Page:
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Bovine Mastitis: An Asian Perspective

Neelesh Sharma, Gyu Jin Rho, Yeong Ho Hong, Tae Young Kang, Hak Kyo Lee, Tai-Young Hur and Dong Kee Jeong
Bovine mastitis is an inflammatory disease of cow and buffaloes mammary gland caused by various infectious or non-infectious etiological agents. Mastitis must have been one of the first observed disease of farm animals when cattle were domesticated over 5000 years ago. Since then it will have been an ever present problem for all those who kept and milked dairy cattle and buffaloes. The dairy industry in particular, plays a strong role for the livelihood of poor people because agriculture land is going to shrink as a results dependency of farmers is increasing towards dairy sector. The buffalo population in Asia has multiplied over the past half a century, by a factor of 2.5 rising by almost 2.2 billion in absolute numbers and at an average annual pace of over 1.8%. Over 3.9 billion, roughly 60% of the world population, reside in Asia. Bovine mastitis is one of the important production diseases of dairy animals which directly or indirectly affect the economy of the farmers and ultimately affect the economy of the country. However, mastitis is a global problem as it adversely affects animal health, quality of milk and economics of milk production and every country including developed ones suffer huge financial losses. In Asia, major mastitis causing organisms are Staphylococcus aureus, Streptococci, E. coli, Corynebacterium spp. and Klebsiella spp., recent reports indicating the changing trends from Staphylococcus aureus to Coagulase Negative Staphylococci (CNS) as major mastitis causing organism. The pattern of mastitis occurrence in Asia is also significantly increasing in both cattle and buffaloes which is a major challenge for policy makers, field veterinarians and researchers.
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  How to cite this article:

Neelesh Sharma, Gyu Jin Rho, Yeong Ho Hong, Tae Young Kang, Hak Kyo Lee, Tai-Young Hur and Dong Kee Jeong, 2012. Bovine Mastitis: An Asian Perspective. Asian Journal of Animal and Veterinary Advances, 7: 454-476.

DOI: 10.3923/ajava.2012.454.476

Received: November 05, 2011; Accepted: January 11, 2012; Published: February 17, 2012


Bovine mastitis, defined as inflammation of the mammary gland, can have an infectious or non-infectious etiology (Bradley, 2002). It is characterized by physical, chemical and usually bacteriological changes in milk and pathological changes in glandular tissues of the udder and affects the quality and quantity of milk (Radostits et al., 2000; Sharma et al., 2012). It is also defined as inflammation of mammary gland parenchyma which is caused by microorganisms, usually bacteria that invade the udder, multiply and produce toxins which are harmful to the mammary gland (Sharma et al., 2006). Mastitis must have been one of the first observed disease of farm animals when cattle were domesticated over 5000 years ago. Since then it will have been an ever present problem for all those who kept and milked dairy cattle and buffaloes. In first books published regarding mastitis problems (17th century) its importance was stressed and its association with poor cattle management and particularly with leaving cows half milked. From 19th century there has been constant stream of scientific and professional papers in veterinary and animal science literature on mastitis causes and control. Scientific research followed Pasteur's demonstration of the ‘germ theory of disease’ in 1860 and by 1900 it was established that most types of mastitis followed microbial infection.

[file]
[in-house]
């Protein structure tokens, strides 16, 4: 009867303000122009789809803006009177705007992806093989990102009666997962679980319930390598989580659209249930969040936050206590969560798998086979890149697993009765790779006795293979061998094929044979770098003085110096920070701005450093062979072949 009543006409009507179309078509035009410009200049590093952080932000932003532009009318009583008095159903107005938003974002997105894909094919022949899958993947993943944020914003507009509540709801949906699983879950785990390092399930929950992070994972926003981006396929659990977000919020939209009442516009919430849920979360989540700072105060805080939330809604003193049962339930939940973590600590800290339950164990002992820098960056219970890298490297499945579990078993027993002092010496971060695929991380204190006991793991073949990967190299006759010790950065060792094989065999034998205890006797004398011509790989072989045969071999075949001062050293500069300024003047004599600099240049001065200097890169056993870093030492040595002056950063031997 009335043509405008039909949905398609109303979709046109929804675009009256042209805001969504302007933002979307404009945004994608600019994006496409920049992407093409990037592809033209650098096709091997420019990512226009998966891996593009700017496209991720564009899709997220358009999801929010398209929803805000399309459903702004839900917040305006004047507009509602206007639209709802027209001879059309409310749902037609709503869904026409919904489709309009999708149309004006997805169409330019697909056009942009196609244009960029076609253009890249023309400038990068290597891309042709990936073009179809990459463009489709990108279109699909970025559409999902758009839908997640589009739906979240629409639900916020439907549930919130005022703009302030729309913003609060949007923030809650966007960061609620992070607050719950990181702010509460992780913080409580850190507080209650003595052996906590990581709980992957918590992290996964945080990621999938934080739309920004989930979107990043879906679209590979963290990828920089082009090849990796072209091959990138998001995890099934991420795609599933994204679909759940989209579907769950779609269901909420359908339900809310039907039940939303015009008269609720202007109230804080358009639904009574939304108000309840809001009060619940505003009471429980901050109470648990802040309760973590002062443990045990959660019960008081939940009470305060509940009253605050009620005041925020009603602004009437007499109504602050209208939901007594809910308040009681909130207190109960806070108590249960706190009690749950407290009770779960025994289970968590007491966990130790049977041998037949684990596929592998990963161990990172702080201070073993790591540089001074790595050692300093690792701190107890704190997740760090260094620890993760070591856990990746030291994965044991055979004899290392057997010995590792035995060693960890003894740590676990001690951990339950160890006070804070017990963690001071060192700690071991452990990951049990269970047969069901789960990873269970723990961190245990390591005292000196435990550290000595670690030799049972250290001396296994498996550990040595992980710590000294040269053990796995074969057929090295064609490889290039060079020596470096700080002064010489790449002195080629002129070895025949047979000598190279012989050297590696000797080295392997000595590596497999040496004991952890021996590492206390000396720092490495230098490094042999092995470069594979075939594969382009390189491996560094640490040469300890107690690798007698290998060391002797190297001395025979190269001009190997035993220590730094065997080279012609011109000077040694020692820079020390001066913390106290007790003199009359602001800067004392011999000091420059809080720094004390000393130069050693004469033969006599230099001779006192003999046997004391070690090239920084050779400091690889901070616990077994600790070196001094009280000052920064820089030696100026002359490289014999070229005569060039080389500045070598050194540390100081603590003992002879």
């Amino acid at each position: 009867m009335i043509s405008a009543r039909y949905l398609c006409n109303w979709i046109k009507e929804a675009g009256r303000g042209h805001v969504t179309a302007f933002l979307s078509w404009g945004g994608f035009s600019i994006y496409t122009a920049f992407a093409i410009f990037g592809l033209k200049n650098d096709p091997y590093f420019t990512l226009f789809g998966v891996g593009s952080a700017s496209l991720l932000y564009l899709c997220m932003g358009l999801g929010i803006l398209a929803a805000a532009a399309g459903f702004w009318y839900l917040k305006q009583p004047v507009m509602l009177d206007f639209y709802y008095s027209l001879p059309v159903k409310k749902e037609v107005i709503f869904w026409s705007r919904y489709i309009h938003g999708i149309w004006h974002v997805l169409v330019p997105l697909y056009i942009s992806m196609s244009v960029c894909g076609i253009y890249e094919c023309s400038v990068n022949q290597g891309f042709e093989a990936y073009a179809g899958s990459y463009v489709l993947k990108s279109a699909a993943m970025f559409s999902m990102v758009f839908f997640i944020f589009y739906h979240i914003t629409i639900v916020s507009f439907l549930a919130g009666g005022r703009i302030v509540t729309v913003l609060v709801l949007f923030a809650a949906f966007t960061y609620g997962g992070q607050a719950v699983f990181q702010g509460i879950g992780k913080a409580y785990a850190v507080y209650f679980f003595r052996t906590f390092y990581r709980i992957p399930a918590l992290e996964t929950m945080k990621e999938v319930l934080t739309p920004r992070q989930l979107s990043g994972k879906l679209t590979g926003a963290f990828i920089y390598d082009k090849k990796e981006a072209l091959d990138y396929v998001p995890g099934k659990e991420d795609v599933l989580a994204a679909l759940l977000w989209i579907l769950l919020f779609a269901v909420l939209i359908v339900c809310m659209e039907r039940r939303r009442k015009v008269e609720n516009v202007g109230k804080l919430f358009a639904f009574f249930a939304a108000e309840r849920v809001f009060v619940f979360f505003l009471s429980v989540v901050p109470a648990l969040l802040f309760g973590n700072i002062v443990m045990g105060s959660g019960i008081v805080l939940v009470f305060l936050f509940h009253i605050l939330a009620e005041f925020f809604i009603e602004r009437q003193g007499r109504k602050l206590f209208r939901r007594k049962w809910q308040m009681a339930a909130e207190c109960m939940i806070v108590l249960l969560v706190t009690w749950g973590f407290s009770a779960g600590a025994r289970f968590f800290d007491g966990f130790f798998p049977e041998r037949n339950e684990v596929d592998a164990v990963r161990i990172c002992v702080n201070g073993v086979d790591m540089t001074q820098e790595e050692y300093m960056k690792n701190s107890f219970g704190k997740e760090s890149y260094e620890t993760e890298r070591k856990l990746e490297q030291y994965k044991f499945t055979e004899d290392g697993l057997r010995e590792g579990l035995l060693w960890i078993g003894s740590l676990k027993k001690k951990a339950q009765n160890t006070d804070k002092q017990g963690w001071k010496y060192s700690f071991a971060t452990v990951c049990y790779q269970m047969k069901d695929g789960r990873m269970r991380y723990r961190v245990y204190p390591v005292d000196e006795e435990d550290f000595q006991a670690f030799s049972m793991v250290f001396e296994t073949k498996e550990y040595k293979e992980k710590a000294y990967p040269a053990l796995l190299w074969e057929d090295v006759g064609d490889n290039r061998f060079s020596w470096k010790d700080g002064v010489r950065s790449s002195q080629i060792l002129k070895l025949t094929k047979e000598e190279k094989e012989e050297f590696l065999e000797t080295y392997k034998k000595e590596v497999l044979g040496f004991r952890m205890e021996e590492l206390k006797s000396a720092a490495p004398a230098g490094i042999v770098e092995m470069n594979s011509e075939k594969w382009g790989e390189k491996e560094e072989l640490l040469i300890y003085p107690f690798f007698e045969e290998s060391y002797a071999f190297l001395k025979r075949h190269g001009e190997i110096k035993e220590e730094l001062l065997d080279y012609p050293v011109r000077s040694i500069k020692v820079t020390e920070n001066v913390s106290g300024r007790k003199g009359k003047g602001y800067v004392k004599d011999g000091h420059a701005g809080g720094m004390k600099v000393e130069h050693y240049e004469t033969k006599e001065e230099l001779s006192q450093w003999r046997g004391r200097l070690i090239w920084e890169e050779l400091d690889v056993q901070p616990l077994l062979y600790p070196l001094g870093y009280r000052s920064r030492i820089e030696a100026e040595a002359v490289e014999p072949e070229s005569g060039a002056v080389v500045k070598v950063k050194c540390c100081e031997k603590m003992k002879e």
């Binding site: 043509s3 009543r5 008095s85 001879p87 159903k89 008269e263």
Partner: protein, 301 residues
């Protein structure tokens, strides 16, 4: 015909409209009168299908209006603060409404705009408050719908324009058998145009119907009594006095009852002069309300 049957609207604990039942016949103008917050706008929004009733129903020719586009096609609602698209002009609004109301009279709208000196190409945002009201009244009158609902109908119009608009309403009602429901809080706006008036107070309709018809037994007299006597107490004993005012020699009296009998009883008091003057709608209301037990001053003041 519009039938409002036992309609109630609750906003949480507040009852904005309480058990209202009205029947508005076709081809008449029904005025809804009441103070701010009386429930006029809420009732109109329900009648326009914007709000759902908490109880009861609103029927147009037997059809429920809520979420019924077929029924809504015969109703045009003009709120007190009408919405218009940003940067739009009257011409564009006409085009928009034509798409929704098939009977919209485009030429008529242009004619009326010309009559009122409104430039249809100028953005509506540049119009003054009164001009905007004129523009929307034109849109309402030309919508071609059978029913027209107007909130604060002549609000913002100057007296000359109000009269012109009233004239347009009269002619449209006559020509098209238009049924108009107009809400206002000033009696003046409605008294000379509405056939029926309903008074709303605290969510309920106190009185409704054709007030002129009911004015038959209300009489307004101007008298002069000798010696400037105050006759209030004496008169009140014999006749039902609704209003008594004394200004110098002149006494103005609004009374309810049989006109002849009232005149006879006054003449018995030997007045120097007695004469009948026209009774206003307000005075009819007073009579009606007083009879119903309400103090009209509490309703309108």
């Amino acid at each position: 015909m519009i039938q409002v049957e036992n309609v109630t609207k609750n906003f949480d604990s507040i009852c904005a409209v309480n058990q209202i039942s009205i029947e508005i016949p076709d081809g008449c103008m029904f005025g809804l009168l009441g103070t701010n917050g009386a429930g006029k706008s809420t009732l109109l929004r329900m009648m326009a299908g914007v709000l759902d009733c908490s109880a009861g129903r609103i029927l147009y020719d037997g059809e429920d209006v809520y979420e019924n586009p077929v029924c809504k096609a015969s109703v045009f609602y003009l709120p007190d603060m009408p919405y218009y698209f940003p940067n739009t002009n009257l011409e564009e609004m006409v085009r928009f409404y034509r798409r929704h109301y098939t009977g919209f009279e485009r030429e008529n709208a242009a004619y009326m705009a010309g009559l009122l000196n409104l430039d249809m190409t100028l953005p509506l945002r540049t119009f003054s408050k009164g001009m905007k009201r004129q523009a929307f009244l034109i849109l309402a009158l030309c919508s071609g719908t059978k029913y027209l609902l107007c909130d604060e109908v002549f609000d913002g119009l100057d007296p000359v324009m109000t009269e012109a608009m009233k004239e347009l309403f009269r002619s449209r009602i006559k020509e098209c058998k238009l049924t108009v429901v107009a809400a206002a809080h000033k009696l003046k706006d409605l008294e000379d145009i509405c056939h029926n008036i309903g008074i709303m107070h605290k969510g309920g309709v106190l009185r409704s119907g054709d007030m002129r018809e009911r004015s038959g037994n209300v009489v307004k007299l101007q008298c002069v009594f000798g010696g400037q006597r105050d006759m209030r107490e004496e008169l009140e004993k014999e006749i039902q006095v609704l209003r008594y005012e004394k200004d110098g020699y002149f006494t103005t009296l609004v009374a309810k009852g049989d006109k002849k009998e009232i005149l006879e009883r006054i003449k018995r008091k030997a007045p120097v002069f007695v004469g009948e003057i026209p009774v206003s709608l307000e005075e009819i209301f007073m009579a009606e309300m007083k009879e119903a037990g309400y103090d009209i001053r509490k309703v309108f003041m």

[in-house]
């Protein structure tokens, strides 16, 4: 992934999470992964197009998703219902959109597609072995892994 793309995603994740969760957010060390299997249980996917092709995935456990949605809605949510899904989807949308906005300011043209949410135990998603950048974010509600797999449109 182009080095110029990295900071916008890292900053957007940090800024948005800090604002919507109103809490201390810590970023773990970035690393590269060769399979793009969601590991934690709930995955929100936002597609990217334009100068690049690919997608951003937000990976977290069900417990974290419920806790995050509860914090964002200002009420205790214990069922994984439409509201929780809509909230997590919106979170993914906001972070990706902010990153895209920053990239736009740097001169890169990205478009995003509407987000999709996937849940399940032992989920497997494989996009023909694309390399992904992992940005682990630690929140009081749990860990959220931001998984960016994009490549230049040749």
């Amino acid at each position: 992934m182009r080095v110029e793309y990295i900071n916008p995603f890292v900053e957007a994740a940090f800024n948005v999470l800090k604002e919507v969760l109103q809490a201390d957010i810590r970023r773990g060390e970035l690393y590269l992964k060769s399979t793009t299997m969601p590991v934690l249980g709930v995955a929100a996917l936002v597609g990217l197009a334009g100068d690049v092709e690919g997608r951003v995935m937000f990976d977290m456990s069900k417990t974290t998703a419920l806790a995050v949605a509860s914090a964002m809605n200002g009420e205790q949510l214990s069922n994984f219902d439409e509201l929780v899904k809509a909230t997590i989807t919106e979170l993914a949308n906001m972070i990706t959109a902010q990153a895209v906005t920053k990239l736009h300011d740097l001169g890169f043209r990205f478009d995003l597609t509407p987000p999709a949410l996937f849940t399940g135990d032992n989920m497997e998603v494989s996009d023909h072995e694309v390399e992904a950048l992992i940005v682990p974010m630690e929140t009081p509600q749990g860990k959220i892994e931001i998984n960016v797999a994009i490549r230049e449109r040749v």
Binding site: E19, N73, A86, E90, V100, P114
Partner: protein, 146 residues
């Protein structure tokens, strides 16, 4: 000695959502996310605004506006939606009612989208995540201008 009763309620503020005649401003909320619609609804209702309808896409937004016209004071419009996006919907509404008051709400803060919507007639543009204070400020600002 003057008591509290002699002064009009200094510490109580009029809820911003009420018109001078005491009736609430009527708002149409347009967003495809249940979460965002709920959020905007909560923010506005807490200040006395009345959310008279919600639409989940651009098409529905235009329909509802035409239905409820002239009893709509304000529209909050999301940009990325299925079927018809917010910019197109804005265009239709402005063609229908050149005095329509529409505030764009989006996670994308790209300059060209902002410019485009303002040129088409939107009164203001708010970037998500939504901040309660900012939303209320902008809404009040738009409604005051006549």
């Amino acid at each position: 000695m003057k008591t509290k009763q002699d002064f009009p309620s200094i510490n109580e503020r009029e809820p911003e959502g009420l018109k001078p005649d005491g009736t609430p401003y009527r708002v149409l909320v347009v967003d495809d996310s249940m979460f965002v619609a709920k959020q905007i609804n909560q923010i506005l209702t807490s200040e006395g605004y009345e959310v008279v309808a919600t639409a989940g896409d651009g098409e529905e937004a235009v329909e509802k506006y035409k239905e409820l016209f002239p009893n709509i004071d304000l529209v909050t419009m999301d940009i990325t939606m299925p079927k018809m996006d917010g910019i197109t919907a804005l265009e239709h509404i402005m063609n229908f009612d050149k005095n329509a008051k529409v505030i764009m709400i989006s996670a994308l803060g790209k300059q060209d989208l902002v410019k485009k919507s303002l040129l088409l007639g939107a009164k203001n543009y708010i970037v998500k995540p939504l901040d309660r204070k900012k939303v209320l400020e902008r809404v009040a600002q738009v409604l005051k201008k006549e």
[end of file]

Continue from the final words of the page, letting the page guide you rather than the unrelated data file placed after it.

Livestock and its inputs are a growing economic sector. The livelihood and income effects of the livestock economy are huge. More than a billion people keep livestock, 60% of rural households do so. It’s a major income source of the poor and especially of women in developing countries. The dairy industry in particular, plays a strong role for the livelihood of poor people because agriculture land is going to shrink as a results dependency of farmers is increasing towards dairy sector. The livestock capital as part of the overall agricultural capital amounts to more than a quarter. Land valued at market prices is about half. Livestock capital is therefore a very important element of the overall capital stock of world agriculture (Braun, 2010).

The buffalo population in Asia has multiplied over the past half a century, by a factor of 2.5 rising by almost 2.2 billion in absolute numbers and at an average annual pace of over 1.8%. Over 3.9 billion, roughly 60% of the world population, reside in Asia (Cruz, 2010). The 2008 buffalo milk production in Asia represents 96.78% of the total volumes of world's buffalo milk of 89.2 Million tons. Production in South and Southwest Asia primarily from India and Pakistan contributed a hefty 93.17% (FAO, 2010). Buffaloes are significant sources of milk in this sub-region contributing as high as 68.35% of the total milk yield in Pakistan and 56.85% in total milk production in India. The trend of milk production in some Asian countries is given in Fig. 1.

Fig. 1: The milk production trend in Asian coutnries

In India, the dairy sector’s growth depended in large part on the use of buffalo which, unlike high-yielding dairy cattle are well adapted to tropical climes. Today, across India, more than half of all milk is produced from buffalo. Cross-bred cattle numbers are increasing but they still account for less than 14% of the total cattle population (FAO, 2009).